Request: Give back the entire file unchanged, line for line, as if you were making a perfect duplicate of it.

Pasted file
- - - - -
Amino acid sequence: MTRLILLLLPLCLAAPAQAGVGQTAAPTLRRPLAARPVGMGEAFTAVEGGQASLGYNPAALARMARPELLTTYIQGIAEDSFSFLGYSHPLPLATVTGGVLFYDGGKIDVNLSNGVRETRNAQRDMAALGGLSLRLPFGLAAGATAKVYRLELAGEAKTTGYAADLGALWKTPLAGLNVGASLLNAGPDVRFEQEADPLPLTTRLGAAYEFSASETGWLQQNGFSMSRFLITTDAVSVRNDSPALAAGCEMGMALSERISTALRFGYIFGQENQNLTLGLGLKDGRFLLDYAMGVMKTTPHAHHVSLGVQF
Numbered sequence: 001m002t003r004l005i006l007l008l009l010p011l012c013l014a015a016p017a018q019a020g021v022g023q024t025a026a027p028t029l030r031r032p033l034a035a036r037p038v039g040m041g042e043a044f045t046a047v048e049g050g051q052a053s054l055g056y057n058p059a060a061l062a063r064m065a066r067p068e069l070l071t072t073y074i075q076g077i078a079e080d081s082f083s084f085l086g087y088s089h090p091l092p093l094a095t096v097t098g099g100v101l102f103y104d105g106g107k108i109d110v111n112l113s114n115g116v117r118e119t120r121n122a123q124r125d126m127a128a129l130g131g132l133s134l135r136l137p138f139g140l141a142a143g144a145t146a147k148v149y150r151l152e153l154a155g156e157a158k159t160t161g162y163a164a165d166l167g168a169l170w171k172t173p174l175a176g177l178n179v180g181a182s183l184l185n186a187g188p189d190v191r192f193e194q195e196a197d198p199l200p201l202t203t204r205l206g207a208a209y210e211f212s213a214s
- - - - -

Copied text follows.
Amino acid sequence: MTRLILLLLPLCLAAPAQAGVGQTAAPTLRRPLAARPVGMGEAFTAVEGGQASLGYNPAALARMARPELLTTYIQGIAEDSFSFLGYSHPLPLATVTGGVLFYDGGKIDVNLSNGVRETRNAQRDMAALGGLSLRLPFGLAAGATAKVYRLELAGEAKTTGYAADLGALWKTPLAGLNVGASLLNAGPDVRFEQEADPLPLTTRLGAAYEFSASETGWLQQNGFSMSRFLITTDAVSVRNDSPALAAGCEMGMALSERISTALRFGYIFGQENQNLTLGLGLKDGRFLLDYAMGVMKTTPHAHHVSLGVQF
Numbered sequence: 001m002t003r004l005i006l007l008l009l010p011l012c013l014a015a016p017a018q019a020g021v022g023q024t025a026a027p028t029l030r031r032p033l034a035a036r037p038v039g040m041g042e043a044f045t046a047v048e049g050g051q052a053s054l055g056y057n058p059a060a061l062a063r064m065a066r067p068e069l070l071t072t073y074i075q076g077i078a079e080d081s082f083s084f085l086g087y088s089h090p091l092p093l094a095t096v097t098g099g100v101l102f103y104d105g106g107k108i109d110v111n112l113s114n115g116v117r118e119t120r121n122a123q124r125d126m127a128a129l130g131g132l133s134l135r136l137p138f139g140l141a142a143g144a145t146a147k148v149y150r151l152e153l154a155g156e157a158k159t160t161g162y163a164a165d166l167g168a169l170w171k172t173p174l175a176g177l178n179v180g181a182s183l184l185n186a187g188p189d190v191r192f193e194q195e196a197d198p199l200p201l202t203t204r205l206g207a208a209y210e211f212s213a214s